Pantomime is a wonderfully British, if not a bit eccentric institution. Pantomime are staged during the Christmas period and are almost always set around the most loved famous children’s stories like Aladdin, Peter Pan and Cinderella, for example. Pantomime is performed not only in the top theatres in the country but also in small village halls and schools across the UK. Whether it’s performed by seasoned professionals or the local amateur dramatic company, pantomimes remain a well-attended and much-loved part of the winter season.

Audience participation is a very important part of a pantomime. The audience is told to boo and harangue the villain every time they enter the stage, heckle the Dame (always played by a man in drag) and warn the main male character (which is always a girl) when the villain is approaching by shouting “He’s behind you!”.

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Slapstick comedy is another essential element of the British pantomime – custard pie throwing, the ugly sisters (also always men) tripping over, a load of bright and peculiar costumes, and the much-loved pantomime horse played by two individuals in a horse costume, one the head and the other unfortunate soul – the back end!

At the end of the show, the baddies have lost, true love is victorious, and of course, the story ends happily ever after. For more information about seeing a Pantomime Preston, visit a site like Lancashire Life, full of details on festive shows and Pantomime Preston.

So, what are the origins of this odd British custom?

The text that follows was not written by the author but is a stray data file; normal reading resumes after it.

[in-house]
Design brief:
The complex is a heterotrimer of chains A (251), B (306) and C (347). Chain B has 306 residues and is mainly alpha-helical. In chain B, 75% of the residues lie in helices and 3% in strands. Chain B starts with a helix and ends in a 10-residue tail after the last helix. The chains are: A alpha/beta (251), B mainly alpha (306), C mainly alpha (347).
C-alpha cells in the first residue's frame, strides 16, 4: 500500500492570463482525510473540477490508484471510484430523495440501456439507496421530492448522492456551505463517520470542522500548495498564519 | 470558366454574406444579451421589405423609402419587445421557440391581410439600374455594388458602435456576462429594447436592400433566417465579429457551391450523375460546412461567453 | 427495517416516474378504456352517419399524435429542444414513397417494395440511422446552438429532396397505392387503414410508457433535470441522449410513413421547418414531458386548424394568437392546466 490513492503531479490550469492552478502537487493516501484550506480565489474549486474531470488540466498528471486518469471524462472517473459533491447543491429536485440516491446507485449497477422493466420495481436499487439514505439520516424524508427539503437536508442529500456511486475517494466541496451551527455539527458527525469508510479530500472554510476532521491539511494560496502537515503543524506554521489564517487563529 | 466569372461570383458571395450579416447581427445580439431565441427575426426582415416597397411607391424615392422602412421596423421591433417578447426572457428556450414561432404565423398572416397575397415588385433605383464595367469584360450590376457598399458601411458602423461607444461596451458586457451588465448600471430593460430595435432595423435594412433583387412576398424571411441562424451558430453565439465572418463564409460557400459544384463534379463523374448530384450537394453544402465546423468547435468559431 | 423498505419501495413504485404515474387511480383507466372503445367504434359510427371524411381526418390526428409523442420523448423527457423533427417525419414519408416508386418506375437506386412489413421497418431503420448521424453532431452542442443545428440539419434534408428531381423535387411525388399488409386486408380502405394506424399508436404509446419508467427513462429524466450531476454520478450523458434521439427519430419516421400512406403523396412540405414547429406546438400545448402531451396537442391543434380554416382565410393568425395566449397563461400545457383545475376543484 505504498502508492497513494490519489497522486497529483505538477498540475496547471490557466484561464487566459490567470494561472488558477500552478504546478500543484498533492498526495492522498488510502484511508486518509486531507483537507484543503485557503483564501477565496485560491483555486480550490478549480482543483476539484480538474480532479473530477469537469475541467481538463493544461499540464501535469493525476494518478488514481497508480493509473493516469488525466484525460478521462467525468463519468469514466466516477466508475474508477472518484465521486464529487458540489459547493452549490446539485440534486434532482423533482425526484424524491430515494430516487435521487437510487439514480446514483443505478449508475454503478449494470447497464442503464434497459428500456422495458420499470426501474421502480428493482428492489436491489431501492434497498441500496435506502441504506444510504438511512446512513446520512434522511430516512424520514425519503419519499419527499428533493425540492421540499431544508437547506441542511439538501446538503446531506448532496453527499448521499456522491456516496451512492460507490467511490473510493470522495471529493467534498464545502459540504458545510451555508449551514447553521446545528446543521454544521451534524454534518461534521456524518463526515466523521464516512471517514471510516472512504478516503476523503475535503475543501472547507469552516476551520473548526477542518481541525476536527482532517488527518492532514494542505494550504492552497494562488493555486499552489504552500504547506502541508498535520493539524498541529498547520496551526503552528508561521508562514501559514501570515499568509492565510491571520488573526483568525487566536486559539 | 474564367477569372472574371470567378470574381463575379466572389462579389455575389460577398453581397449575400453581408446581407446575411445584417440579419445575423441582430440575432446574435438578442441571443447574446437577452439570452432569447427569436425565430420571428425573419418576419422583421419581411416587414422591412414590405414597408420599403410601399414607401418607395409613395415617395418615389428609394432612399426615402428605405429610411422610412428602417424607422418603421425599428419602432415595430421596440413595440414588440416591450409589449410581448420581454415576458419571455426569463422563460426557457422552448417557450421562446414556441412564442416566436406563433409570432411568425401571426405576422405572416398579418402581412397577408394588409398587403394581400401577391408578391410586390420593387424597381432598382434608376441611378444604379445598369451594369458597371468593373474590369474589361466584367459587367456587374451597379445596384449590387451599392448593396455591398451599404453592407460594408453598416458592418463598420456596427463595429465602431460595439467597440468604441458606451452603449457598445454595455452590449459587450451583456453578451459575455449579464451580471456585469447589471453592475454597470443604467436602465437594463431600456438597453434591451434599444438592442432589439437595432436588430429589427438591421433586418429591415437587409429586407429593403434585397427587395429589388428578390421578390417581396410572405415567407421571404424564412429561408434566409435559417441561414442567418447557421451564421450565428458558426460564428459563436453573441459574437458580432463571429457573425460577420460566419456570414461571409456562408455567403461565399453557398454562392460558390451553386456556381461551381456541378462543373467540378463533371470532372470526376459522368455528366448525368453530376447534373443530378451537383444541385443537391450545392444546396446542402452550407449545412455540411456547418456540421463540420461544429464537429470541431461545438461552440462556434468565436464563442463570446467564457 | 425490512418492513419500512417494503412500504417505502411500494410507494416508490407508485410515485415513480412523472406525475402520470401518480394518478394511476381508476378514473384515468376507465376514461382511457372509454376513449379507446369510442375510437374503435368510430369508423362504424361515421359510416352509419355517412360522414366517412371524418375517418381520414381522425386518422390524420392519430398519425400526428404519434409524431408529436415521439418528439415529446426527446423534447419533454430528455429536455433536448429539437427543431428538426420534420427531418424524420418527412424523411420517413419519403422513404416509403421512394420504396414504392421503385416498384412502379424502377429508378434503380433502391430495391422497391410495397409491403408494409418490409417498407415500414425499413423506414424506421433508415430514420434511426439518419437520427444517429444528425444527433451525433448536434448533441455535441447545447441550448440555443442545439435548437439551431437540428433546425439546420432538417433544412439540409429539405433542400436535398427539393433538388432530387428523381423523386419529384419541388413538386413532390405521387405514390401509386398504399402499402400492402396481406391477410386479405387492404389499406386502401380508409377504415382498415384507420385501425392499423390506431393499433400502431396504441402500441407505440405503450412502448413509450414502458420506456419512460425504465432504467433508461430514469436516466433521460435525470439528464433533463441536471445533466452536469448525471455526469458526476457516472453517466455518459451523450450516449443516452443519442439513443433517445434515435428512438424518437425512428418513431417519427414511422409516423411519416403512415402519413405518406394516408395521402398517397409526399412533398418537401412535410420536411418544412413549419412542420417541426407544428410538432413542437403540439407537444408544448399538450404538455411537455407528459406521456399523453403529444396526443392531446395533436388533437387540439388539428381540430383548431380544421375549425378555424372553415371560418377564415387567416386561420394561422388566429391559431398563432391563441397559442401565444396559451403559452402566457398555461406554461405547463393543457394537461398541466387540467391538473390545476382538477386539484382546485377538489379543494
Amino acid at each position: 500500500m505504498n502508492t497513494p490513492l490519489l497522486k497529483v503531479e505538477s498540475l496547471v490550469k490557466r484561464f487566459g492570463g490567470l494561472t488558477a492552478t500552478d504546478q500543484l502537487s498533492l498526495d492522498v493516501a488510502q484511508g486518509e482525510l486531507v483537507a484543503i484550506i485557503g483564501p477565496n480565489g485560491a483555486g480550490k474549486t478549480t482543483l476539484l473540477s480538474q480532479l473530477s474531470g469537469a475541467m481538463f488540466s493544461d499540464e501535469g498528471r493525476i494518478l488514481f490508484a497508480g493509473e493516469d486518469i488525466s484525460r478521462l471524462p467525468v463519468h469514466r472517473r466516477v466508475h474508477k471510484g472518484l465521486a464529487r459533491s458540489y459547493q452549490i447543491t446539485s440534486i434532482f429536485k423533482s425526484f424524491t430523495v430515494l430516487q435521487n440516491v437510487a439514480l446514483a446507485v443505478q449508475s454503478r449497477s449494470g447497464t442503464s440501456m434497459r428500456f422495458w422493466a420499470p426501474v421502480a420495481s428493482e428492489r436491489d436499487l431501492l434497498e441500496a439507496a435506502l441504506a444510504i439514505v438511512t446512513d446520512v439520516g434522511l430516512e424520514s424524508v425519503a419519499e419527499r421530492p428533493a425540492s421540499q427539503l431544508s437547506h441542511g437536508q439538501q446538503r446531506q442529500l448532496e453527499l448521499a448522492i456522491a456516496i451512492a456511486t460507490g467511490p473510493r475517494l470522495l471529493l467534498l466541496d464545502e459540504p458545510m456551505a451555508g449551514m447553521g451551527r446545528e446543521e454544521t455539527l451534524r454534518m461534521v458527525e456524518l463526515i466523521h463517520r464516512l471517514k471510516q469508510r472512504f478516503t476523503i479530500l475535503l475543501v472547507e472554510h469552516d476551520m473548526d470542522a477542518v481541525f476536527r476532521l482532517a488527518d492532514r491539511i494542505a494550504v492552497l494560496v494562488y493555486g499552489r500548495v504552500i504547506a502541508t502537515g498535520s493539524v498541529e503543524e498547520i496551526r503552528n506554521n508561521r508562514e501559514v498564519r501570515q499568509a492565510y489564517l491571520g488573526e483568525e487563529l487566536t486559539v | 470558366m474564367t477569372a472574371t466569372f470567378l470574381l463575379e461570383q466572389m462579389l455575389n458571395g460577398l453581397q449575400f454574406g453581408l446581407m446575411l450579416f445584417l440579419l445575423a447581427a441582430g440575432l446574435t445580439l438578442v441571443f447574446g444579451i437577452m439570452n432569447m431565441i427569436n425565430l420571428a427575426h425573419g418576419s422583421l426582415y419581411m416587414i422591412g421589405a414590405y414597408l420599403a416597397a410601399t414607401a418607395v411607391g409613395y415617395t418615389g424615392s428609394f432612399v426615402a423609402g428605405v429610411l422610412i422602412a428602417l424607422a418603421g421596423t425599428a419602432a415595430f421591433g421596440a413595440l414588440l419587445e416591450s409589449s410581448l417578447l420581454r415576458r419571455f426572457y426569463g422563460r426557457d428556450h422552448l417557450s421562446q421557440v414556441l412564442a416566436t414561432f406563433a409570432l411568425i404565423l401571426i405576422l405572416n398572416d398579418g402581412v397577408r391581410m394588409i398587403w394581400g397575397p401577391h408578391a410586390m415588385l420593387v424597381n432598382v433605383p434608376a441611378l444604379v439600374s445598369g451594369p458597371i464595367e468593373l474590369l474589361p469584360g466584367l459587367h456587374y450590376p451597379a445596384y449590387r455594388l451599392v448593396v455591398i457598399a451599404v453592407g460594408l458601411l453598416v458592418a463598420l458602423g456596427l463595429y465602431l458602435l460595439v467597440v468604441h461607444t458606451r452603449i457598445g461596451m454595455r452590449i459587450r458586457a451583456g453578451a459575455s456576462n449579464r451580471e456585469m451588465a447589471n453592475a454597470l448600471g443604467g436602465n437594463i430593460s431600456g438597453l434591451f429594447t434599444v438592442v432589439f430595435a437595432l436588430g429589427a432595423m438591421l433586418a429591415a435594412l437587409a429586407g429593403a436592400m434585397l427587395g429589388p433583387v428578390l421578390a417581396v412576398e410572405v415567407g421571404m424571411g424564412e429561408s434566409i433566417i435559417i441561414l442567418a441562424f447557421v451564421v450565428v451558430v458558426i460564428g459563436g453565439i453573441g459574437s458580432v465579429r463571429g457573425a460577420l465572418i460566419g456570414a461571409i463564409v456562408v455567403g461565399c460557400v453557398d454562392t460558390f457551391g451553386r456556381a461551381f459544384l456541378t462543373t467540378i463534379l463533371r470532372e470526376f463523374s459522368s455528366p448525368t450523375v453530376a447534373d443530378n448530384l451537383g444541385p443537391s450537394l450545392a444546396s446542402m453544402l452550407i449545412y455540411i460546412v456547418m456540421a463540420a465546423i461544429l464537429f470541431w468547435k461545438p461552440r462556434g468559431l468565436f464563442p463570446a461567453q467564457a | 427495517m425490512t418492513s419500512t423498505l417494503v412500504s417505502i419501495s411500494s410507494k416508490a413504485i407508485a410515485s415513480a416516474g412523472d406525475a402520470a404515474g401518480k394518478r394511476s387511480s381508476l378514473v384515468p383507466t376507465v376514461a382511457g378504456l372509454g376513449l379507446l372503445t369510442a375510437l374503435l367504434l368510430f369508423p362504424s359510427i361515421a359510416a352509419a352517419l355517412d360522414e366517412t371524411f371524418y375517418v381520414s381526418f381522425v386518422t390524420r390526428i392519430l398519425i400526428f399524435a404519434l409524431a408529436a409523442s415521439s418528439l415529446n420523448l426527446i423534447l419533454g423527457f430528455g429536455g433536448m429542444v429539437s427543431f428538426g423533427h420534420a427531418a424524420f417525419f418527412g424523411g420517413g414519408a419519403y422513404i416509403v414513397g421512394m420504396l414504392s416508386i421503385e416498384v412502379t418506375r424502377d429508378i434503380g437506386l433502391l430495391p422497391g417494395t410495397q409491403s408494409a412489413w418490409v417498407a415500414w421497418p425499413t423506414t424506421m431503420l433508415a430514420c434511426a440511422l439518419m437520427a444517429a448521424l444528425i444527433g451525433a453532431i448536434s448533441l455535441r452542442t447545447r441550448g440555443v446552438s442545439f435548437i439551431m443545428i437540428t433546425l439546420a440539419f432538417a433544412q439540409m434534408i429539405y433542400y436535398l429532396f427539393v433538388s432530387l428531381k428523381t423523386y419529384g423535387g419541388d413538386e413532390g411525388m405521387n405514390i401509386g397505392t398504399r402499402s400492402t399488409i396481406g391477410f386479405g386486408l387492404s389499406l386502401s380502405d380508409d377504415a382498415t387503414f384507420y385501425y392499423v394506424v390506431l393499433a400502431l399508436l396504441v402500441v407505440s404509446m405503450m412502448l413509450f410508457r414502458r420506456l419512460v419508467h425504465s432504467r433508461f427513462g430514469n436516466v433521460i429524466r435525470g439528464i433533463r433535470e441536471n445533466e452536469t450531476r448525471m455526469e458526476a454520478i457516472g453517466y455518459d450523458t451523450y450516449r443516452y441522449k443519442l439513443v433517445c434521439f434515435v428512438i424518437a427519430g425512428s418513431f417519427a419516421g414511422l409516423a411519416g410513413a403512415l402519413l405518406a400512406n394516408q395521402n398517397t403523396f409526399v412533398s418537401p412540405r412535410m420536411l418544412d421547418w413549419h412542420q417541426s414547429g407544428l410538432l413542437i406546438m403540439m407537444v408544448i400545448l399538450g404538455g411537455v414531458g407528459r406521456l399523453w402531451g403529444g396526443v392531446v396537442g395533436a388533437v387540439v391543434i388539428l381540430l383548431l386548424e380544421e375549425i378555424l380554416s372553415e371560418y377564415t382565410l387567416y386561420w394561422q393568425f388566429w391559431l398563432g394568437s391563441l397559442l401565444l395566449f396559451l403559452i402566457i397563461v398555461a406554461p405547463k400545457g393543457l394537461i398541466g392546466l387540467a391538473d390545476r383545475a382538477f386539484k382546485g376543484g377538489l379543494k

Pantomime means “all kinds” of “mime”. It is generally thought that the British pantomime is modelled on early masques from the days of Elizabethan and Stuart performances. During the 14th century the early masques contained music, mime or spoken drama, usually enacted in large houses even throughout the 17th century they were really nothing more than an excuse to party than anything else!

British pantomime being staged at Christmas time and the main character being role reversed (main boy being a girl and Dame being a man) may also have evolved from Tudor “Feast of Fools”, headed by the Lord of Misrule. The party was a roguish affair, which involved a lot of drinking, carousing, and the reversal of roles.

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The Lord of Misrule was played by a commoner, who knew how to have a good time and lead the entertainment. The festival is thought to originate from the Roman celebration of Saturnalia, which occurred during winter and involved week long partying that saw masters allow their slaves and servants to play the boss for a while.